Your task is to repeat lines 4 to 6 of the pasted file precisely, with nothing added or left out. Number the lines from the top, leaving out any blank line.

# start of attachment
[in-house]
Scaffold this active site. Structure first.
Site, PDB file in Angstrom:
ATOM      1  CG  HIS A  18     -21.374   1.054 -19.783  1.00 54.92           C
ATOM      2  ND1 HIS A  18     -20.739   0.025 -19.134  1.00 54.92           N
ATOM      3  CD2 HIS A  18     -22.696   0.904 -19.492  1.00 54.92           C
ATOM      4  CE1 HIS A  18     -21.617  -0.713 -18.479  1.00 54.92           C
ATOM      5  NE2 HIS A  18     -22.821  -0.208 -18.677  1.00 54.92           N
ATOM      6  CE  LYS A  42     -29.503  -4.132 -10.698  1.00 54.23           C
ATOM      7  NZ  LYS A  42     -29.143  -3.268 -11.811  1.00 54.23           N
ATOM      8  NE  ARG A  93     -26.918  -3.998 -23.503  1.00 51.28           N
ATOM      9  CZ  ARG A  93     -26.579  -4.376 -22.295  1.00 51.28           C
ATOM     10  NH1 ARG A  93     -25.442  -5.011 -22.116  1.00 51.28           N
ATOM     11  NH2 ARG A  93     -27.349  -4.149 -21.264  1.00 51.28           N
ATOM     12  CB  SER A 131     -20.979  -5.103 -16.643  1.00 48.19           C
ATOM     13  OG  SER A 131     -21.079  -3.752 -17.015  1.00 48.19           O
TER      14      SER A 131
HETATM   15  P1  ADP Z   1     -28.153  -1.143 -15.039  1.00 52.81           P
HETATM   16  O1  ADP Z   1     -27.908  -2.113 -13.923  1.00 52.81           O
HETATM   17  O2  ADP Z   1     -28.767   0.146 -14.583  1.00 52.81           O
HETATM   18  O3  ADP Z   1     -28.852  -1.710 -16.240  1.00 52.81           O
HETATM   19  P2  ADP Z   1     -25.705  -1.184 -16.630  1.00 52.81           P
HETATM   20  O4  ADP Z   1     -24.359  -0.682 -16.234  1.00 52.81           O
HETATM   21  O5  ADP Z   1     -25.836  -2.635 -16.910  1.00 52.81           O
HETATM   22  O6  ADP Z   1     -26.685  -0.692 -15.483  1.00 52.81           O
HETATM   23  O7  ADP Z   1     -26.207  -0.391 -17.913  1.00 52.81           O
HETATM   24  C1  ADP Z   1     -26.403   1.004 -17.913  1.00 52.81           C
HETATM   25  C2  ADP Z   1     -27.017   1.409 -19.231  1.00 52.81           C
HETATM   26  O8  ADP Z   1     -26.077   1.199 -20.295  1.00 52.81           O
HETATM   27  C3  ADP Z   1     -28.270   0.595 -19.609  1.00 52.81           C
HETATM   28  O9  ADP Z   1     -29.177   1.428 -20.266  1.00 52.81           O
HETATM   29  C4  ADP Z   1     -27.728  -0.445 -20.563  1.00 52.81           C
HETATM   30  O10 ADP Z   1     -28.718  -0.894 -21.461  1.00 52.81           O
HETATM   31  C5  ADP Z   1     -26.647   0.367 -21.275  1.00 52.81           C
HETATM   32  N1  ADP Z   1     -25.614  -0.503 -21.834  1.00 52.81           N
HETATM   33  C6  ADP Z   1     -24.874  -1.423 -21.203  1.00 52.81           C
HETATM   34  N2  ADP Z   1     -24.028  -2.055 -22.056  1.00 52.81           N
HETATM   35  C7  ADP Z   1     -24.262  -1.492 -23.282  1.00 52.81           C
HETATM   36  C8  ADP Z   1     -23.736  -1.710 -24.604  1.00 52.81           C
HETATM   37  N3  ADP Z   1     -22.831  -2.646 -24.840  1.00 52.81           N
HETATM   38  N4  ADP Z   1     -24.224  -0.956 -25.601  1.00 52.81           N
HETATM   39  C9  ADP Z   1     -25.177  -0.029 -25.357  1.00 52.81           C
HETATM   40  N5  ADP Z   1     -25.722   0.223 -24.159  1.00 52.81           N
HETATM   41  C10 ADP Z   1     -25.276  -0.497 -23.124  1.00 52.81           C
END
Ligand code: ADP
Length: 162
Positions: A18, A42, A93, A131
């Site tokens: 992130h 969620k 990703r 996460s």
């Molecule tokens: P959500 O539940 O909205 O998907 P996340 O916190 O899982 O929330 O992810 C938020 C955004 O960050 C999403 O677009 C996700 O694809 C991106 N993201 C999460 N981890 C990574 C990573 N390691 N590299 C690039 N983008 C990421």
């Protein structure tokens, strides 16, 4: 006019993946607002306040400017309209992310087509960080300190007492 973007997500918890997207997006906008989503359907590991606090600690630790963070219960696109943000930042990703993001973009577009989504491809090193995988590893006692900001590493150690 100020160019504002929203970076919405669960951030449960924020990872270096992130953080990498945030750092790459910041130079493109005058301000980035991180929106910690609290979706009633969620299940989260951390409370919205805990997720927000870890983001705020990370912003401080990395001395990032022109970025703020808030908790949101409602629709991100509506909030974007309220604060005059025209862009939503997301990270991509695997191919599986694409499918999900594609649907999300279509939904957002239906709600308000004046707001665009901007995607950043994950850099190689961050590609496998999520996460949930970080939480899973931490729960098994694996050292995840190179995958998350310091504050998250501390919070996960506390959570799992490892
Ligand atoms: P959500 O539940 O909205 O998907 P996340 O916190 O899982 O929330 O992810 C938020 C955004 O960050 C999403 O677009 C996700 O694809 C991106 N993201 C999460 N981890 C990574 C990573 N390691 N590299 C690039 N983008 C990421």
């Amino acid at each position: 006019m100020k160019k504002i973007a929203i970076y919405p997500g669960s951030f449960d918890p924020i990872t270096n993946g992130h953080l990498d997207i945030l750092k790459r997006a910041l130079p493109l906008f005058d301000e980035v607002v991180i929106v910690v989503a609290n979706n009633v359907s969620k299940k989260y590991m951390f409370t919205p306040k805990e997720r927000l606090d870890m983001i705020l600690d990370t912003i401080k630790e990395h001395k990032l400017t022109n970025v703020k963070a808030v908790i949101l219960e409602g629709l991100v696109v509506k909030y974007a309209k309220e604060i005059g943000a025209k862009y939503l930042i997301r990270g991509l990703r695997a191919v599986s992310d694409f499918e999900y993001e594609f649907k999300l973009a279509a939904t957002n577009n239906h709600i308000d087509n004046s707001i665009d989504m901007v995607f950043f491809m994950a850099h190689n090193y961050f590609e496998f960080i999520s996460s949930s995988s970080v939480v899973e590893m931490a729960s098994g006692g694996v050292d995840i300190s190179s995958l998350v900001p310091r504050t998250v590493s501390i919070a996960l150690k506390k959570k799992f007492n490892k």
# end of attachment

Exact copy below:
ATOM      1  CG  HIS A  18     -21.374   1.054 -19.783  1.00 54.92           C
ATOM      2  ND1 HIS A  18     -20.739   0.025 -19.134  1.00 54.92           N
ATOM      3  CD2 HIS A  18     -22.696   0.904 -19.492  1.00 54.92           C